1) Iranian regime supreme leader Ali Khamenei is ill. Iranian officials are discussing what happens when the regime’s most powerful authority dies. Ahmad Khatami, spokesman for the Assembly of Experts, said last year that a committee was formed to choose Khamenei’s heir. But since then, they never talked about the issue any more. They lack any powerful figure who would be accepted by all factions and could lead the regime in the current tumultuous times.
2) In-fighting between ruling factions has escalated unprecedentedly on how to confront the crippling sanctions and international pressures.
3) When it comes to particular issues such as discussions on FATF, the factional fighting takes new dimensions. After U.S.’s withdrawal from the Iran nuclear deal, Tehran banked on bringing Europeans on its side. But it only resulted in a ridiculous 18-million-euro aid package that many analysts considered a joke. Then it was the turn for Khamenei’s “doctrine” of “Looking at the East” to fail. Russian and Chinese companies are leaving Iran with a very fast pace. These have all contributed to the escalating in-fighting of the regime.
In short, factional fighting has reached levels of death threats by opposing factions.
The regional and international isolation of Tehran
1) The death of nuclear talks, lack of any results by the European SPV, the supposed mechanism to allow the Iranian regime to circumvent U.S. sanctions, and failure of “Looking to the East” set the ground for the Iranian regime’s international crisis.
2) A series of arrests Iranian regime “diplomats” and agents in Europe caught red-handed in terrorist plots, was a devastating blow to an already weak international position. 11 countries have severed ties with the Iranian regime particularly for its terrorist activities and war mongering in the Middle East.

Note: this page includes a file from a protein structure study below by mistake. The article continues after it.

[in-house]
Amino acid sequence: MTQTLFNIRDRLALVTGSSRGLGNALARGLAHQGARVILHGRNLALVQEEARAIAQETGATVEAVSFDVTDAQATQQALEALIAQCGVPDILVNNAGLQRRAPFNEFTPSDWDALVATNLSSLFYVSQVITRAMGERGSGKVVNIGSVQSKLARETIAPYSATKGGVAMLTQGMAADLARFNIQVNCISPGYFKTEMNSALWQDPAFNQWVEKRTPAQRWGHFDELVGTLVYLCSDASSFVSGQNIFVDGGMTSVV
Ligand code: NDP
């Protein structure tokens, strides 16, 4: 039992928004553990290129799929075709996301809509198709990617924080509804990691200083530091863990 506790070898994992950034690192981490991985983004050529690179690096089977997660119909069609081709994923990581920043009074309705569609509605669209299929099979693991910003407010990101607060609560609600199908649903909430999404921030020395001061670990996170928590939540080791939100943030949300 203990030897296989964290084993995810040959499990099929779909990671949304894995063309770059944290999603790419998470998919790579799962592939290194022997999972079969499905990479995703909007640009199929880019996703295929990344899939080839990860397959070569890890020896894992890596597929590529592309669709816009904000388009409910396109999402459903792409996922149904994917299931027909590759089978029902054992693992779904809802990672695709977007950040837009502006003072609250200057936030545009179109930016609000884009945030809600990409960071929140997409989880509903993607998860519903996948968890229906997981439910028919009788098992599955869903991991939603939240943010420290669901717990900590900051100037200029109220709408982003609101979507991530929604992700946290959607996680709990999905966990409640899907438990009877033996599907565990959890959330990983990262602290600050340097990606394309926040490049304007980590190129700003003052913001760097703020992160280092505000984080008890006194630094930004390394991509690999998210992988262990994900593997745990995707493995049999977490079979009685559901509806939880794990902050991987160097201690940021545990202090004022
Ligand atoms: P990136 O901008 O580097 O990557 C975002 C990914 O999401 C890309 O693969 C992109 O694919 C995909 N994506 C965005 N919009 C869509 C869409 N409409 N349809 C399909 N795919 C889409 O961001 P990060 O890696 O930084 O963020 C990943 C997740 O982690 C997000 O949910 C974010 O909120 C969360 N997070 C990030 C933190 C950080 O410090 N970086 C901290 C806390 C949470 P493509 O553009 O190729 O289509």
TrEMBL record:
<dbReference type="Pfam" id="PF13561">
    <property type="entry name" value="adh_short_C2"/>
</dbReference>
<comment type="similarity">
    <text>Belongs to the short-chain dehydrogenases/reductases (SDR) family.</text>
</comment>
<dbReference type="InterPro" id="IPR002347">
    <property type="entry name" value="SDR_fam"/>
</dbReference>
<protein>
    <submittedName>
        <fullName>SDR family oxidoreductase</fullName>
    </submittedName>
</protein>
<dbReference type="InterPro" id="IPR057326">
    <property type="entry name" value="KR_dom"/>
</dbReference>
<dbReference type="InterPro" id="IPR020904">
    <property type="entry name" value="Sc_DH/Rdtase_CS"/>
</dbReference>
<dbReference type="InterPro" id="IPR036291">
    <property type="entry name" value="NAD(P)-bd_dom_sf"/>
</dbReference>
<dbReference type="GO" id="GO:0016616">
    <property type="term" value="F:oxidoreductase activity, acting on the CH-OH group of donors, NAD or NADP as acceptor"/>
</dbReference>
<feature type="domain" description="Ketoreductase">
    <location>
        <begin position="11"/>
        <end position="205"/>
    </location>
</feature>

3) Regionally, the regime has is losing serious foot holds in Syria, Iraq, and Yemen.
In short, the regime is not nearly taken as seriously as it was a year ago in the region.
Tehran’s failed efforts at suppression and censorship
1) The regime no longer has an open hand in brutal crackdowns as it wish it could. While repression is the only way for the regime to control the society, it might itself trigger an explosion which frightens the regime tremendously.
2) The regime’s efforts to block social media and messenger services such as Telegram, have not only been unsuccessful, but have also backfired, making VPNs and various censorship circumvention tools more public.
3) In short, as vital as suppression and censorship are for the regime, they have lost their effectiveness.
(1) The Regime has been weakened qualitatively in the past 12 months.
(2) The regime is facing various crises and in a total Impasse.
(3) The prospects of the regime’s overthrow is tangible.
All of these observations were made without discussing the role of the nationwide, organized resistance with a very powerful international presence.
The picture is generally clear and the prospects of a democratic change in Iran is tangible. All the evidence indicate that the inevitable regime change in Iran will occur rather sooner than it appears by the Iranian people and their organized Resistance. It is now the time for the world’s community to recognize and support the Iranian people’s rights to resistance and freedom. A topic that could be discussed further.